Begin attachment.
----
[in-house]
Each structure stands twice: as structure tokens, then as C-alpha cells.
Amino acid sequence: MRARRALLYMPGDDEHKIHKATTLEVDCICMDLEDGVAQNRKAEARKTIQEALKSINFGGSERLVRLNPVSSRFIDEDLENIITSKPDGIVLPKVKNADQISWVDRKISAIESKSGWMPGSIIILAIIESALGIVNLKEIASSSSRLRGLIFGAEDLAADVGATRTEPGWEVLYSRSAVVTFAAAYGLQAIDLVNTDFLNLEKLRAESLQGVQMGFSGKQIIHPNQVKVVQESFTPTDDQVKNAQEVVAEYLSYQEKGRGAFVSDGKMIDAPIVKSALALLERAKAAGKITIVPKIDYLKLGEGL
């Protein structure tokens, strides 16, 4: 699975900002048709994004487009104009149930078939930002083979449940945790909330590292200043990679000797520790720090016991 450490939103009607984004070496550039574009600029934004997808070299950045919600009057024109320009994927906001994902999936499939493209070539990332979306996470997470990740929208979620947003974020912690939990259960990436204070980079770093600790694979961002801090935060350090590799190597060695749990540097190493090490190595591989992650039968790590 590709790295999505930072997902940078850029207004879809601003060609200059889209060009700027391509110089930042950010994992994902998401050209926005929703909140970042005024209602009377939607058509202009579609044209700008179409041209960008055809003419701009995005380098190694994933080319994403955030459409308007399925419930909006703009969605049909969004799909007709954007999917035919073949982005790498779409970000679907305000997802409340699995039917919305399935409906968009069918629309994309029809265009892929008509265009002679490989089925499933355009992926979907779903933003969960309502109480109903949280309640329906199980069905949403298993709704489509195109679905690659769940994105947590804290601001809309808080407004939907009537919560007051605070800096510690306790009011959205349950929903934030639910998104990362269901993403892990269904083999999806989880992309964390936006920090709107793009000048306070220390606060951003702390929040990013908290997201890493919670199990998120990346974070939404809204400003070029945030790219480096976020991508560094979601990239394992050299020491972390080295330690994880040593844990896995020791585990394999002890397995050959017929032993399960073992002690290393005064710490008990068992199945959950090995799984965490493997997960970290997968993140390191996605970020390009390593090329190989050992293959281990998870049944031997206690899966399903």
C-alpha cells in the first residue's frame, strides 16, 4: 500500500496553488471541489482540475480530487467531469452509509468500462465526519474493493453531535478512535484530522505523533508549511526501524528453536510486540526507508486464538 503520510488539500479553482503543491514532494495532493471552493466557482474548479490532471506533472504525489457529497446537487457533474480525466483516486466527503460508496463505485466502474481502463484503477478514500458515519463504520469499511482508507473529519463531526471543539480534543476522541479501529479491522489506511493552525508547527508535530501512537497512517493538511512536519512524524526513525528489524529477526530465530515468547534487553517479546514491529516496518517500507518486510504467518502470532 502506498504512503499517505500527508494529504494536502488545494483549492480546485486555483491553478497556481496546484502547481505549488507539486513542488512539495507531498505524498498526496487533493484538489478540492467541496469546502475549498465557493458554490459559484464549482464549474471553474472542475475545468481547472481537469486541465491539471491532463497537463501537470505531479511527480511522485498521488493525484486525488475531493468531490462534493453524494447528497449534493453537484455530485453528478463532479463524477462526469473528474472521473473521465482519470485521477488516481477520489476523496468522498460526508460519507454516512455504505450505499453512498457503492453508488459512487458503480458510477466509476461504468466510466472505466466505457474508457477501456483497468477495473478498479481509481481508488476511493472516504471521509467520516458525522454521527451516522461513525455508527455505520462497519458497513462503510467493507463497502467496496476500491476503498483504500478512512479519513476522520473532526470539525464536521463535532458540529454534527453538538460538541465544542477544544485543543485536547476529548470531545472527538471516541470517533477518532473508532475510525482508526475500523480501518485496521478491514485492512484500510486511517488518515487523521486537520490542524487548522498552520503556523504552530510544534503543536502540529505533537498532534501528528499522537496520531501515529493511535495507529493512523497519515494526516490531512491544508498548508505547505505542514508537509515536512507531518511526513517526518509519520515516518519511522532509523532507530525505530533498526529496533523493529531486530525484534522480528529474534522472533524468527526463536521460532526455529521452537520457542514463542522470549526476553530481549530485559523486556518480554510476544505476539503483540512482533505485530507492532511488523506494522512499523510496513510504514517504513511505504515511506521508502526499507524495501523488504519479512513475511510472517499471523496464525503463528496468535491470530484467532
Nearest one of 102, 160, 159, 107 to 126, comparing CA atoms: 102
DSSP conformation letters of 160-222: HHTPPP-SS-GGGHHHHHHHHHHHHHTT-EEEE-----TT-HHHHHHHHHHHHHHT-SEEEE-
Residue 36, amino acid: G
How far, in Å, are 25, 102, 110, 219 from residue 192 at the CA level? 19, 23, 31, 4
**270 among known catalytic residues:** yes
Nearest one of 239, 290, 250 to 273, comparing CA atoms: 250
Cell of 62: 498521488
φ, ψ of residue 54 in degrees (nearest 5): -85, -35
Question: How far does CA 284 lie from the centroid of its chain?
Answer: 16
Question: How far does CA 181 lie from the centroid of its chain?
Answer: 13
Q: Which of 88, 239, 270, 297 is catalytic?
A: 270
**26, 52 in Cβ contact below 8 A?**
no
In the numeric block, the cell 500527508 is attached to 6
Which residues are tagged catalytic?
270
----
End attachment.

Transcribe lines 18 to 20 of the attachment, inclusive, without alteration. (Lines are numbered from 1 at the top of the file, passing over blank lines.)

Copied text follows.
Q: Which of 88, 239, 270, 297 is catalytic?
A: 270
**26, 52 in Cβ contact below 8 A?**